I'll add another bit... I spent some time this evening listening to the south ground position at LAX on LiveATC.net. The south ground position at LAX is widely known in the RW air traffic world as the single most difficult position in the entire country to certify on, because of the ratio of airplanes to available pavement. The controller that was working the position was not using phraseology exactly the way that it's prescribed in the 7110.65. Instead he would omit words that could be safely implied because the pilots he was working with understood the "game" where there's just so many airplanes that need instructions and so little time, that any half second you can save my not saying "the" or "and" or "runway" means more instructions he could give. You also hear this at ORD when ground control goes into their rapid fire mode where they'll rattle off 10-15 instructions without any intent of listening for a readback. Incredibly illegal, but also incredibly effective.

Obviously it's rare that the situation on the network gets that busy, but it definitely can get to the point where any extra words can ruin the day. It's up to the controller to recognize it, and adapt to ensure they're running their frequency as well as possible.
Shane VanHoven
Minneapolis ARTCC, VATUSA ACE Team | Instructor
Private pilot, Instrument, ASEL
FAA Air Traffic Developmental, Terminal

Frank Miller

  • ZSE Staff
  • 18
    • View Profile
Re: There are two types of controllers...
« Reply #49 on: May 22, 2018, 09:43:55 am »
Just a suggestion..... some of the choices in the thread seem to be to be on either end of the spectrum (too verbose or strictly 7110.65).  That strikes me as a false choice, at least some of the time.

What I often consider is deploying phraseology that may reveal which flavor of pilot I might be dealing with.  So.... for the original example Shane gave in his original post, I might try:  "DAL2168 Heavy, Minneapolis ground, runway 30L, taxi via A; runway 17 available on request".  So far as I know, this is compliant with 7110.65 (or pretty darn near it!).

A pilot in the "less experienced" category, will either ignore it or possibly ask a question (sometimes in chat to avoid being embarrassed by asking) affording a learning opportunity.  A "hardcore realism" pilot can take the hint and make the request, which would lead to a 7110.65-compliant exchange about the amended routing etc. which an experienced pilot will be grateful for as well as it increases immersion.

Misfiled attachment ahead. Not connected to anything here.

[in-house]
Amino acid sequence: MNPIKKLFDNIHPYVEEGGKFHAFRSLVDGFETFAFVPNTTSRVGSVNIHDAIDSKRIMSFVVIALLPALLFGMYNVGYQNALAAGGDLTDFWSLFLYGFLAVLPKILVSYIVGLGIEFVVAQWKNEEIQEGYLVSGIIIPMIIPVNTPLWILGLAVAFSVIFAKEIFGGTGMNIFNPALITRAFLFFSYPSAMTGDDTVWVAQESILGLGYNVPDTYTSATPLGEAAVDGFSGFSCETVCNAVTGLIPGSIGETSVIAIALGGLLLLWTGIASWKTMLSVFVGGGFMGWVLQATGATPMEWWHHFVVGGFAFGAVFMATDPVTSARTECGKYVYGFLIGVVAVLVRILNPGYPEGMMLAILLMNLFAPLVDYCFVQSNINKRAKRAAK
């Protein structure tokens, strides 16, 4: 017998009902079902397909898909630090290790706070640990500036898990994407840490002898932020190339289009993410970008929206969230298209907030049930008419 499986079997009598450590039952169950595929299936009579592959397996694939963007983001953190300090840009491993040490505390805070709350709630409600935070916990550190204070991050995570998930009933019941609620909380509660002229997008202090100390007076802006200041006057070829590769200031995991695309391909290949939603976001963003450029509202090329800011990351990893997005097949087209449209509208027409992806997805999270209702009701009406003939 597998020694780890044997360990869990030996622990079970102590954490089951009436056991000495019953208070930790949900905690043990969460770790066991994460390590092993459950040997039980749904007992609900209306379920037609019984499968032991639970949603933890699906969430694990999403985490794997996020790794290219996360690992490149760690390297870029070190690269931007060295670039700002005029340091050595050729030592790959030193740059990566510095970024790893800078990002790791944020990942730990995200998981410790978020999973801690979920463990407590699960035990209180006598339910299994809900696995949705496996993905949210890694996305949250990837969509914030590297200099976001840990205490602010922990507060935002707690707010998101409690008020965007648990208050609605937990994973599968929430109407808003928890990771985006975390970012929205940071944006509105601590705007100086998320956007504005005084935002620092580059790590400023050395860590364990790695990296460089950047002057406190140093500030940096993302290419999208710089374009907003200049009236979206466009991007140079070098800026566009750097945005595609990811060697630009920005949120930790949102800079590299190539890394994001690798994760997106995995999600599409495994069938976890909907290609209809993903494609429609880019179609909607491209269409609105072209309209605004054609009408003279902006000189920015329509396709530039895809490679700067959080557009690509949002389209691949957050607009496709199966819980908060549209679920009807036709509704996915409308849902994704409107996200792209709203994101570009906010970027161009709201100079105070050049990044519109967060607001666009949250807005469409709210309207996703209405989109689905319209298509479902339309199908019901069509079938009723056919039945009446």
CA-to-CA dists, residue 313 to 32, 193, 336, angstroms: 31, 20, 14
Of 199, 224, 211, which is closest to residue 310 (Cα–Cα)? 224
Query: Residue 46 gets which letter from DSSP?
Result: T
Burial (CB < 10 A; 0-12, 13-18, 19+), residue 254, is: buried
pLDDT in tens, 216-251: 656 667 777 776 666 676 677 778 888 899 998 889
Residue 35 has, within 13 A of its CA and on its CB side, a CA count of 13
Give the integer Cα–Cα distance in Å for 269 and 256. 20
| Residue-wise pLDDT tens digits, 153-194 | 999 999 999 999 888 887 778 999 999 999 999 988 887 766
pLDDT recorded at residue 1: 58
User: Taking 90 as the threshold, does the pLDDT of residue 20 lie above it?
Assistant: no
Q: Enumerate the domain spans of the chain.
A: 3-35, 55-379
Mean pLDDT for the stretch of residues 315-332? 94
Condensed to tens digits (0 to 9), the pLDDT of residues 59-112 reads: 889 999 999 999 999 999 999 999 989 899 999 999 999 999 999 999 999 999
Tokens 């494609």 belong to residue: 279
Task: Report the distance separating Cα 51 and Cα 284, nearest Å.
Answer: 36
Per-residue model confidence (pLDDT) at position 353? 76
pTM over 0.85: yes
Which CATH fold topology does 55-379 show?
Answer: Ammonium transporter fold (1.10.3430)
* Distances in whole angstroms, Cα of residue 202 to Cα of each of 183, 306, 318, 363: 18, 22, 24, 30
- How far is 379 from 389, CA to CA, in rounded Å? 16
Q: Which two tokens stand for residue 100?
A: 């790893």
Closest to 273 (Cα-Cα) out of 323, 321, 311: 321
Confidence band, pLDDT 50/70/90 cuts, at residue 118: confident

I deploy this strategy in other circumstances as well.   For instance, in low traffic situations, I know Portland Departure in real-world often gives direct to the fix on the SID that precedes the transition (e.g. "direct MINNE" for the MINNE5, or "direct CHISM" for the CASCD2).  For new VATSIM pilots, giving them this as they climb out can result in confusion, or (worse) accepting the short cut but not actually flying it.  So, again, I may say (or ask Tower to say before h/o) "DAL2168 Heavy, runway 16L, cleared for takeoff, [expect direct CHISM, or direct CHISM available on request with Departure]."  See what sort of reaction I get and deal accordingly.

I find this strikes a decent balance between the various interests and considerations discussed in this thread.  I've received a reasonable amount of feedback both from experienced and new pilots alike that makes me believe this approach is appreciated by both types from a "customer service" perspective as well.

Frank
« Last Edit: May 22, 2018, 09:58:40 am by Frank Miller »
Frank Miller
ZSE Training Administrator

Kyle Ekas

  • Members
  • 40
    • View Profile
Re: There are two types of controllers...
« Reply #50 on: May 22, 2018, 12:40:02 pm »
Just a suggestion..... some of the choices in the thread seem to be to be on either end of the spectrum (too verbose or strictly 7110.65).  That strikes me as a false choice, at least some of the time.

What I often consider is deploying phraseology that may reveal which flavor of pilot I might be dealing with.  So.... for the original example Shane gave in his original post, I might try:  "DAL2168 Heavy, Minneapolis ground, runway 30L, taxi via A; runway 17 available on request".  So far as I know, this is compliant with 7110.65 (or pretty darn near it!).